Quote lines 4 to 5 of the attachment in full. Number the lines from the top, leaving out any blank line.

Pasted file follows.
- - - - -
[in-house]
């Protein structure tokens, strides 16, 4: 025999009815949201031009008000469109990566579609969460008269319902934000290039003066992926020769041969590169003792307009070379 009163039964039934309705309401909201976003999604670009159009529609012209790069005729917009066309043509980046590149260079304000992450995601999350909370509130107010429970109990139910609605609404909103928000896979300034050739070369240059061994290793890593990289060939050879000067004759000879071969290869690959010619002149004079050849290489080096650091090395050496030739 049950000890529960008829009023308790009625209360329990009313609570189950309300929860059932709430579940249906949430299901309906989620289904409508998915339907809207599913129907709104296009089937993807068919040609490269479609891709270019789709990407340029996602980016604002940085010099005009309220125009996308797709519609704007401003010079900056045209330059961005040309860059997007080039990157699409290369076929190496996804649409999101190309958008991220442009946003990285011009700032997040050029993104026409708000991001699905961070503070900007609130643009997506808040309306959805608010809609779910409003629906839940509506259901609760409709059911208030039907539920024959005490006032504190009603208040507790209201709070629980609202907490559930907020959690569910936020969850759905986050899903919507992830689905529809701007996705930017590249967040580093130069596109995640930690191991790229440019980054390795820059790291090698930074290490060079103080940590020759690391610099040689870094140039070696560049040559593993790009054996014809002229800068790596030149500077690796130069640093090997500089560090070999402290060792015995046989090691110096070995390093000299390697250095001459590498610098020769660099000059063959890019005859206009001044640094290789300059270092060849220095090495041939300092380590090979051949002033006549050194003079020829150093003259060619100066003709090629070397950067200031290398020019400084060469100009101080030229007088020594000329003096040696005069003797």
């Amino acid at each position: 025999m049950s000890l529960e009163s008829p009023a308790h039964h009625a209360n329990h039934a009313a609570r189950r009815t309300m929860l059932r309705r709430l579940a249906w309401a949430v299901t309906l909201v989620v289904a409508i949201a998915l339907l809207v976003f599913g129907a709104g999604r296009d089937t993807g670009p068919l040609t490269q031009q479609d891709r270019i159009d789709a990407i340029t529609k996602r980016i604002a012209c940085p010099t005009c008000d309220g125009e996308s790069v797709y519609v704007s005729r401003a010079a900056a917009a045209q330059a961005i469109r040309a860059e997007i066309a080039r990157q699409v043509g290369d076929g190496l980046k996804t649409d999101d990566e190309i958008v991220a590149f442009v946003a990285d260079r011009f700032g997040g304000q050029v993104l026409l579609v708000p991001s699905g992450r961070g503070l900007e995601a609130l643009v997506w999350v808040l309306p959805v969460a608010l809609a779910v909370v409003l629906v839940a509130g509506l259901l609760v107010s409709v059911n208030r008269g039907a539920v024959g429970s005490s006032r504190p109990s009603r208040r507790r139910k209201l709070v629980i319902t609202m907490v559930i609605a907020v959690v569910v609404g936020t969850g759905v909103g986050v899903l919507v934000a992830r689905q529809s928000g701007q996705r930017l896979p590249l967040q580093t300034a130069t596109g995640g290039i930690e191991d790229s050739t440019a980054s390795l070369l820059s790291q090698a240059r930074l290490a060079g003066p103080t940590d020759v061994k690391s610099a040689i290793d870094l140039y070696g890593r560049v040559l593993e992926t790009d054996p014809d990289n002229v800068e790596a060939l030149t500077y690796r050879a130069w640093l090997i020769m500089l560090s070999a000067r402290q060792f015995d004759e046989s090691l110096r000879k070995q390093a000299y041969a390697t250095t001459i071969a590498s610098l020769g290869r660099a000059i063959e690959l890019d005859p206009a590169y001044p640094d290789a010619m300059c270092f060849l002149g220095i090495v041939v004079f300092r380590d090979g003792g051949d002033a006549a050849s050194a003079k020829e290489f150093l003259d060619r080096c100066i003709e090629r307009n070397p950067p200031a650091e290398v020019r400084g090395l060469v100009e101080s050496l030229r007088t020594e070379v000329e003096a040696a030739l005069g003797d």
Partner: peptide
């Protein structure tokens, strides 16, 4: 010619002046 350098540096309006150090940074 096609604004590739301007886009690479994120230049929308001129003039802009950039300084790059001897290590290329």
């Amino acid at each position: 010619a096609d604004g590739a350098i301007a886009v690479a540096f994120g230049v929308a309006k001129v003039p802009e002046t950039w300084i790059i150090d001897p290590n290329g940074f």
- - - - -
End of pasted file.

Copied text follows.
Partner: peptide
């Protein structure tokens, strides 16, 4: 010619002046 350098540096309006150090940074 096609604004590739301007886009690479994120230049929308001129003039802009950039300084790059001897290590290329």